Referring to FIG. 5 a rock ripper of the type mounted on an excavator is shown in operative position. Rock rippers or breakers of this type are more fully described in U.S. Pat. No. 3,868,145, issued Aug. 23, 1973, to Cobb, et al. and U.S. Pat. No. 3,922,017, issued Dec. 16, 1974, to Cobb.
The cooling means in this embodiment includes a fluid or coolant supply system as shown in FIG. 2 for supplyibg the coolant to the ripper tip. The impact ripper or breaker mechanism generally designated by the numeral 90 is supported by suitable support or mounting frame means 92 from a jib 94 and bracket 96 of a hydraulic excavator or backhoe. A ripper tip 98 is mounted on a movable shank 100 to which is delivered impact blows by a suitable impact mechanism. A rock guard 102 is mounted just behind the shank 100 and shields portions of the impact mechanism from rocks.
The cooling system of this embodiment includes a spray head indicated generally by the numeral 104 mounted in a suitable position such as on rock guard 102 for directing a stream of cooling fluid to the underride of the tip 98.
The spray head as best seen in FIGS. 6 and 7 comprises a substantially cylindrical body 106 having an inlet passageway 108 communicating with a central chamber or passageway 110. A cap 112 fits over one end of the housing 106 and includes a central chamber or passageway 114 in communication with the passageway 110. A plurality of spray nozzles or outlets 116, 118 and 120 extend at an angle from central chamber 114 for communicating from the chamber and to the lower side of tip 98. Any number of the nozzles may be provided as needed.
The chamber 114 is formed by a series of bores of a decreasing diameter forming a stepped bore and defining a first annular shoulder 122 engaging the face of body member 106, a second shoulder 124 engaging an annular seal 126 for sealing the chambers 110 and 114 against leakage of fluid.
The spray head is held in place such as by a pair of bolts 128 which extend through bores 130 and 132 in opposite sides of the cap 112. Fluid introduced into the spray head by way of inlet 108 flows by way of chambers 110 and 114 to the outlets 116-120.
A cooling fluid such as water is communicated from a suitable source by way of a suitable conduit such as a flexible line 134. The line 134 is connected in a suitable manner to inlet 108 and sealed thereto such as by a seal 136.
From the above description, it is seen that we have provided a rock ripper of the impact type with suitable cooling means for the distribution of a flow of coolant to the ripper in a fan-like pattern to maintain cooling thereof.
While the present invention has been described with resepect to specific embodiment, it is to be understood that numerous changes and modifications may be made therein without departing from the spirit and scope of the invention as defined in the appended claims.
|Cited Patent||Filing date||Publication date||Applicant||Title|
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|US3563324 *||Jul 9, 1969||Feb 16, 1971||Atlas Copco Mct Ab||Machine for cutting rock|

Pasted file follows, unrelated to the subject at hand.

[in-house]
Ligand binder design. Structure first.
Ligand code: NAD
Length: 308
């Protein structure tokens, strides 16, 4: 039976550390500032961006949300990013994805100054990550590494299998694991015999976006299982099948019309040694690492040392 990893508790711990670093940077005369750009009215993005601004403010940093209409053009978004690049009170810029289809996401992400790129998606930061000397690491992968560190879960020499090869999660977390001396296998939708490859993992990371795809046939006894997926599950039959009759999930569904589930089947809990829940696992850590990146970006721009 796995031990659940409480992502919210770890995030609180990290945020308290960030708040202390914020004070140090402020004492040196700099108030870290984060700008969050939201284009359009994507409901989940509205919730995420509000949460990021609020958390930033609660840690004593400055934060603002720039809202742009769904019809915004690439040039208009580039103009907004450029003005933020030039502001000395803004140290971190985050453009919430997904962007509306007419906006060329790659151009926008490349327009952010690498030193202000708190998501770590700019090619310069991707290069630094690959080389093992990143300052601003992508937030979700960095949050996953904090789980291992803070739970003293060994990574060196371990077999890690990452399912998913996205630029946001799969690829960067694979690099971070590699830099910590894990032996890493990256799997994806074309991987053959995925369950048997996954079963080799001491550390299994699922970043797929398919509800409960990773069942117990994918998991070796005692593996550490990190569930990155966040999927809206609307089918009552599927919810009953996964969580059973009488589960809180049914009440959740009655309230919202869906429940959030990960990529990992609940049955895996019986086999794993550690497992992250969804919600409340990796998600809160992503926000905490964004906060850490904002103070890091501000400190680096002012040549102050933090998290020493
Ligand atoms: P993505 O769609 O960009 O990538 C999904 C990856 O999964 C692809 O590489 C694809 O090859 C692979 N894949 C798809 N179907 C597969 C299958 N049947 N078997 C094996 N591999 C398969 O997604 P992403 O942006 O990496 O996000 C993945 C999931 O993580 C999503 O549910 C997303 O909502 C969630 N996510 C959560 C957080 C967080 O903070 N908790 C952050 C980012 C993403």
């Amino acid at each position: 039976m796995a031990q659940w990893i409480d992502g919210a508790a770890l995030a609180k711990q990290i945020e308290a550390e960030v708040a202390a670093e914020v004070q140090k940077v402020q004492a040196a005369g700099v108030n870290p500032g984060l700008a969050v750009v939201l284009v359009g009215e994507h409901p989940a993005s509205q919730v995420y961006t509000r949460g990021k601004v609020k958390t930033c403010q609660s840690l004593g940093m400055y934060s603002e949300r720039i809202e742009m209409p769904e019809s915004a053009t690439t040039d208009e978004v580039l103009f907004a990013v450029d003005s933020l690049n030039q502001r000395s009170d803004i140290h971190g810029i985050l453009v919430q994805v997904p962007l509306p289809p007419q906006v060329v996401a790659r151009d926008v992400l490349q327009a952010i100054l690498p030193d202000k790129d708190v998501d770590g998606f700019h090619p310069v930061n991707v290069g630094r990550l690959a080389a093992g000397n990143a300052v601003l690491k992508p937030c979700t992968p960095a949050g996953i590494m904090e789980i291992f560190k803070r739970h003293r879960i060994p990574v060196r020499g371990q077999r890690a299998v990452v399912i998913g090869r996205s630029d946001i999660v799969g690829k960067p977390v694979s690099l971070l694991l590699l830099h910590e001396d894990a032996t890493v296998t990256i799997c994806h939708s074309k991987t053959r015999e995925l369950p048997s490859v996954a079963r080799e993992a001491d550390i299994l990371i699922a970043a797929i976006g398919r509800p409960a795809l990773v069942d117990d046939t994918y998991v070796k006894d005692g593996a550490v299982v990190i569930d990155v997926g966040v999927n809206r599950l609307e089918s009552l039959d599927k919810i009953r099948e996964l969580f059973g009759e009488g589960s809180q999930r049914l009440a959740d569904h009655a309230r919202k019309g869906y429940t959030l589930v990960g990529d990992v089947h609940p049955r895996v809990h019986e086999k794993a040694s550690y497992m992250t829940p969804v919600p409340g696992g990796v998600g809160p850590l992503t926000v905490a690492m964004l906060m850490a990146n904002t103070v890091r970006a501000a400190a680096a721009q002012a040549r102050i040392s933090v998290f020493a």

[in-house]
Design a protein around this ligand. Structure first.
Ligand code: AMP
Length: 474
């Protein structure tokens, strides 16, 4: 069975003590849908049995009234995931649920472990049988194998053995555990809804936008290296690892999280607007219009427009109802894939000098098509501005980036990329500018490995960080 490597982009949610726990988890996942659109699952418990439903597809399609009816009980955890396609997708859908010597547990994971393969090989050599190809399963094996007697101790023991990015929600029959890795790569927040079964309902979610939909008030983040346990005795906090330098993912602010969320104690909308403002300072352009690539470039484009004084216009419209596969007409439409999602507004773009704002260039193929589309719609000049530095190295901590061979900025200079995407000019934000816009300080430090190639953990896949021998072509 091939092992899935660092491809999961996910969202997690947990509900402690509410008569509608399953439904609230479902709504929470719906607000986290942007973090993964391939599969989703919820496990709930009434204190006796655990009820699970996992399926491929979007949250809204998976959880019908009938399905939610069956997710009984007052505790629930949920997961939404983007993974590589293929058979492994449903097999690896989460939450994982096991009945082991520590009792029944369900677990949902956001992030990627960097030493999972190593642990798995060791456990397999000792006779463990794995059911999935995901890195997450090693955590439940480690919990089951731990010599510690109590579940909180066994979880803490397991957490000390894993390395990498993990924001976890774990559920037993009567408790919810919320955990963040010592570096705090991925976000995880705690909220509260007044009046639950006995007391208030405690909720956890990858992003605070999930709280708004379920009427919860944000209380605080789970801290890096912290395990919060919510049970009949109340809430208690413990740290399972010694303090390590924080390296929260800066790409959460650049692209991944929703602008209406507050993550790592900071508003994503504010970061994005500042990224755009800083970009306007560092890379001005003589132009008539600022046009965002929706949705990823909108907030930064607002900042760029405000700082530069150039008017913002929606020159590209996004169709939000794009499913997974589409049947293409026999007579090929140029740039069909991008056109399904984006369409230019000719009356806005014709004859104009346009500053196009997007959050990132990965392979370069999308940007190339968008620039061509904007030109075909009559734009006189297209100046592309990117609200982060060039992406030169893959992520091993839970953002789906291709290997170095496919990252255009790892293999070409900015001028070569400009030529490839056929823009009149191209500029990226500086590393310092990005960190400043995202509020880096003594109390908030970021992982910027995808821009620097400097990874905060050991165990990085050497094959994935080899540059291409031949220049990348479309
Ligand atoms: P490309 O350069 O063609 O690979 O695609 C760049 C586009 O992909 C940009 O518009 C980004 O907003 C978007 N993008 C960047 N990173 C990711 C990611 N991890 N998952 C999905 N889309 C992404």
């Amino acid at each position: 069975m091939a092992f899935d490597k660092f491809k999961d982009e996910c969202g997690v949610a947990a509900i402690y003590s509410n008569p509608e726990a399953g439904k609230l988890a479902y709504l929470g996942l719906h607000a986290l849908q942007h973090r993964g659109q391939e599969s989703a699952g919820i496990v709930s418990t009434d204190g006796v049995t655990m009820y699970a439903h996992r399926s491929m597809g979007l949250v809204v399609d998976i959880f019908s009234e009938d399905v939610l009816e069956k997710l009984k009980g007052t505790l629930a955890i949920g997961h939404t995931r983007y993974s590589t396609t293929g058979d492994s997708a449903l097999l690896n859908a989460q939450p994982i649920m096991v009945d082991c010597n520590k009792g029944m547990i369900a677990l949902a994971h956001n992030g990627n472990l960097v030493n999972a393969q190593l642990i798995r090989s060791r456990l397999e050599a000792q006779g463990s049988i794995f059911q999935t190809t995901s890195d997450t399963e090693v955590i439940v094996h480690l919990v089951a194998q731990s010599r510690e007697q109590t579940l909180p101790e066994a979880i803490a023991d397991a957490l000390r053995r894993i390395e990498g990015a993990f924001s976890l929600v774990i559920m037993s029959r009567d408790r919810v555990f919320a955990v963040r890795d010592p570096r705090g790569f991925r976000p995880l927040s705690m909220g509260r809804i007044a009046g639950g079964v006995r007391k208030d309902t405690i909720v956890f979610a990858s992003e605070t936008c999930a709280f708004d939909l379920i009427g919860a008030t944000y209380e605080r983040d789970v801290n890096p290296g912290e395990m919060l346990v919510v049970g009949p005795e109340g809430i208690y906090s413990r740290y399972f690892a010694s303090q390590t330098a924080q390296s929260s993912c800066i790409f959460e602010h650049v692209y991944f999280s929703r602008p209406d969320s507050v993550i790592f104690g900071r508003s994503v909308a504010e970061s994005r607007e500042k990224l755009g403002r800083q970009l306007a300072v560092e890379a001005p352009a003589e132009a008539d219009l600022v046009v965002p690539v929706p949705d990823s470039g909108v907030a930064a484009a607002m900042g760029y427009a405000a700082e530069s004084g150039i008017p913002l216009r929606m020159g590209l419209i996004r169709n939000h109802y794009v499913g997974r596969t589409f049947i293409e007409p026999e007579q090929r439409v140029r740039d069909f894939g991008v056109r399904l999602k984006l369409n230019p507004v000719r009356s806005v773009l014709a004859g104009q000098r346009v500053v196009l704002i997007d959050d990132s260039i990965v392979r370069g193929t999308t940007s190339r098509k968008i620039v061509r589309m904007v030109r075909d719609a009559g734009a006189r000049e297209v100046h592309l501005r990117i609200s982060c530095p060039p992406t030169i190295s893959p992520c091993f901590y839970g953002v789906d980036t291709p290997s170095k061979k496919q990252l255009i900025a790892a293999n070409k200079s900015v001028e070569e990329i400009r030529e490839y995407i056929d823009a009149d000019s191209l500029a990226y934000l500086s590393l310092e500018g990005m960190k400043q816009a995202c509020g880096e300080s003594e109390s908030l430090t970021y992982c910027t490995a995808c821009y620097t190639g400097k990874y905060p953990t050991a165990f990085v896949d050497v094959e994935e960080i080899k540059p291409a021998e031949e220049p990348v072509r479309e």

|US3713496 *||Jan 7, 1972||Jan 30, 1973||Allis Chalmers Mfg Co||Ripper plow with combustion chamber in tip to effect fracturing of soil|
|US3747982 *||Jun 28, 1971||Jul 24, 1973||Coal Industry Patents Ltd||Rotary cutter for mining with fluid supply chambers|
|US3770322 *||Apr 12, 1971||Nov 6, 1973||Caterpillar Tractor Co||Apparatus for fracture of material in situ with stored inertial energy|
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|US3922017 *||Dec 16, 1974||Nov 25, 1975||Caterpillar Tractor Co||Impact material fracturing device for excavators and the like|
|Citing Patent||Filing date||Publication date||Applicant||Title|
|US4229044 *||Feb 12, 1979||Oct 21, 1980||Caterpillar Tractor Co.||Clevis-mounted impact ripper|
|US4254995 *||Mar 8, 1979||Mar 10, 1981||Bochumer Eisenhutte Heintzmann Gmbh & Co.||Process of and an arrangement for mining|
|US4280735 *||Oct 25, 1978||Jul 28, 1981||Gewerkschaft Eisenhutte Westfalia||Non-rotary mining cutter with recessed nozzle insert|
|US4578627 *||Jun 19, 1984||Mar 25, 1986||Voest-Alpine Aktiengesellschaft||Device for correcting the control or the display of the position of a cutting tool of a cutting machine|
|US4705321 *||Jun 10, 1986||Nov 10, 1987||Santrade Limited||Device for supplying fluid to a tool for breaking hard material|
|US5071195 *||Sep 20, 1990||Dec 10, 1991||Michael Komotzki||Tool and nozzle supporting device for use in mining machines|
|US6315500||Oct 8, 1999||Nov 13, 2001||Tim Goodman||Ground watering spray system for backhoe machines|
|US7614705 *||Jul 8, 2008||Nov 10, 2009||Southern Philip W||Water spray assembly|
|US20050189441 *||Feb 25, 2005||Sep 1, 2005||Southern Philip W.||Water spray assembly|
|US20080272207 *||Jul 8, 2008||Nov 6, 2008||Southern Philip W||Water spray assembly|
|WO1980001637A1 *||Feb 12, 1979||Aug 21, 1980||Caterpillar Tractor Co||Impact ripper|
|U.S. Classification||299/81.1, 111/156, 111/123, 299/37.3, 172/699|
|International Classification||E02F9/28, E02F3/96, E02F5/32|
|Cooperative Classification||E02F3/962, E02F9/2875|
|European Classification||E02F3/96B, E02F5/32, E02F9/28|
|Jun 12, 1986||AS||Assignment|
Owner name: CATERPILLAR INC., 100 N.E. ADAMS STREET, PEORIA, I
Free format text: ASSIGNMENT OF ASSIGNORS INTEREST.;ASSIGNOR:CATERPILLAR TRACTOR CO., A CORP. OF CALIF.;REEL/FRAME:004669/0905
Effective date: 19860515
Owner name: CATERPILLAR INC., A CORP. OF DE.,ILLINOIS
Free format text: ASSIGNMENT OF ASSIGNORS INTEREST;ASSIGNOR:CATERPILLAR TRACTOR CO., A CORP. OF CALIF.;REEL/FRAME:004669/0905
Effective date: 19860515